By Marilyn Cooper
After a whirlwind 36-hour trip to Israel that included a historic first visit by a sitting American president to the Western Wall, President Donald Trump left the region sounding convinced that he had partners for long-term peace with Palestinian Authority Mahmoud Abbas and Israeli Prime Minister Benjamin Netanyahu. The reaction on the ground was less certain. Moment spoke with Gil Troy, a McGill University professor and U.S. presidential historian, to get the view from Jerusalem and his assessment of Trump’s visit to Israel.
What do you think President Trump’s goals were for this visit and do you think, in his mind, he believes he achieved them?
As a political historian, I would say that most trips abroad are filled with great hopes and, while they rarely end up in disappointment, they also rarely end up in tremendous achievements; Trump’s trip lines up with that. It seems that he has a somewhat simplistic world view and a somewhat exaggerated view of his own abilities, such that he probably went into the trip thinking, “Oh, I’ll go to the Middle East, I’ll make peace.” I genuinely think that he really believes that he is the great dealmaker and that he would be able to advance the cause of peace. I’m sure that he’s gotten so much love and flattery that he’s coming home feeling like he’s moved the needle. However, it will take a while to see just how much, or how little—most likely how little—this trip moved the needle.
What’s your best guess about the long-term impact of Trump’s visit to the region?
First, let’s consider the superficiality of a four-day trip to the region which included a 36 hour trip in Israel, a quick trip to Mahmoud Abbas and a quick trip to Saudi Arabia. That’s well suited to sword dances and speeches. I think after all the noise that he’s generated back home, he’s learned that first presidential lesson that trips abroad can be lots of fun and sometimes be the most entertaining part for you as well as healing for you as a president or of your presidency.
Judging by what was said publicly, the one potential innovation was, after years of the same kind of peace processing, there was at least opening up a Saudi initiative. The whole notion of trying to get Israel to make peace with the entire Arab world, not with just the Palestinians, is also creative and somewhat of a change. But if you read all that was said by Bibi and Trump in their speeches and the all indications from the Palestinian National Authority, we ended up hearing the same positions expressed. There was no Oslo popping out of a rabbit’s hat.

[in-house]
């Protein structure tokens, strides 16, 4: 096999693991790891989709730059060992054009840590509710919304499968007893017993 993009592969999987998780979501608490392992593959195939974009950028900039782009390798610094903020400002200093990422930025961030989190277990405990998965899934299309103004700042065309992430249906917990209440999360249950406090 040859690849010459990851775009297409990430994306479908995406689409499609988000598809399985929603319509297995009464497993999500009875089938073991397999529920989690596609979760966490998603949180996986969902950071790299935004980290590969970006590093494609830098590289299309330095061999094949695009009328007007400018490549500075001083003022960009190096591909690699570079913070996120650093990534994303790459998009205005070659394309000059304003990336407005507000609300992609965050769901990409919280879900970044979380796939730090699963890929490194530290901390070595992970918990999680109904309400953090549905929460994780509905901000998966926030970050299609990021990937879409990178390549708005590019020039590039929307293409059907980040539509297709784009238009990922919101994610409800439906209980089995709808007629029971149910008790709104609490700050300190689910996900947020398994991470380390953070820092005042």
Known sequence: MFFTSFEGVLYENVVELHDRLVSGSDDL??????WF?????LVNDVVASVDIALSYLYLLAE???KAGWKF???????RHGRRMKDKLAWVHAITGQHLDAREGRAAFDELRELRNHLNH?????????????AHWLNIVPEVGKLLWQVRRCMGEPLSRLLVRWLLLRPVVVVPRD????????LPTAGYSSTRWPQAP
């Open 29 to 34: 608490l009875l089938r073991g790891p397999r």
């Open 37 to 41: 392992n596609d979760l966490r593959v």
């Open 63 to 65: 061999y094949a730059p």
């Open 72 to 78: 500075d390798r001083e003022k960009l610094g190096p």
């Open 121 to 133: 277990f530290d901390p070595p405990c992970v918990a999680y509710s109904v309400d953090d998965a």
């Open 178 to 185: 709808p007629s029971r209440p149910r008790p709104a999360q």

What are the takeaways from the trip?
Trump comes back with an album filled with happy moments and great photo-ops. That kind of personal chemistry is important ultimately in diplomacy and in a presidency, but no major breakthrough.
You’ve said that his trip lacked coherence. Can you explain what you meant by that?
Let’s put this in perspective. This is not Anwar Sadat coming to Jerusalem when the simple act of going was a game changer. This wasn’t even Jimmy Carter or Bill Clinton flying into Israel to advance the peace process at a time when things had gotten touchy. This is really kind of an introductory trip. And as with so many things in the Trump presidency, it reflects a great sense of confidence in his own personality and professional charisma and an attitude of, “If I could just go there, I can do the deal.” But again, as a historian I am aware that most often with these trips it takes months or even years for them to bear fruit. We’ve seen no indicator that there was any kind of breakthrough, any kind of real accomplishment, any kind of aha moment. Nothing that will make any of the major leaders say, “Oh, wow, it’s time for me to start negotiating. Oh, wow, it’s time for me to start changing my position.”
How would you compare Trump’s visit to the region to those made by Obama?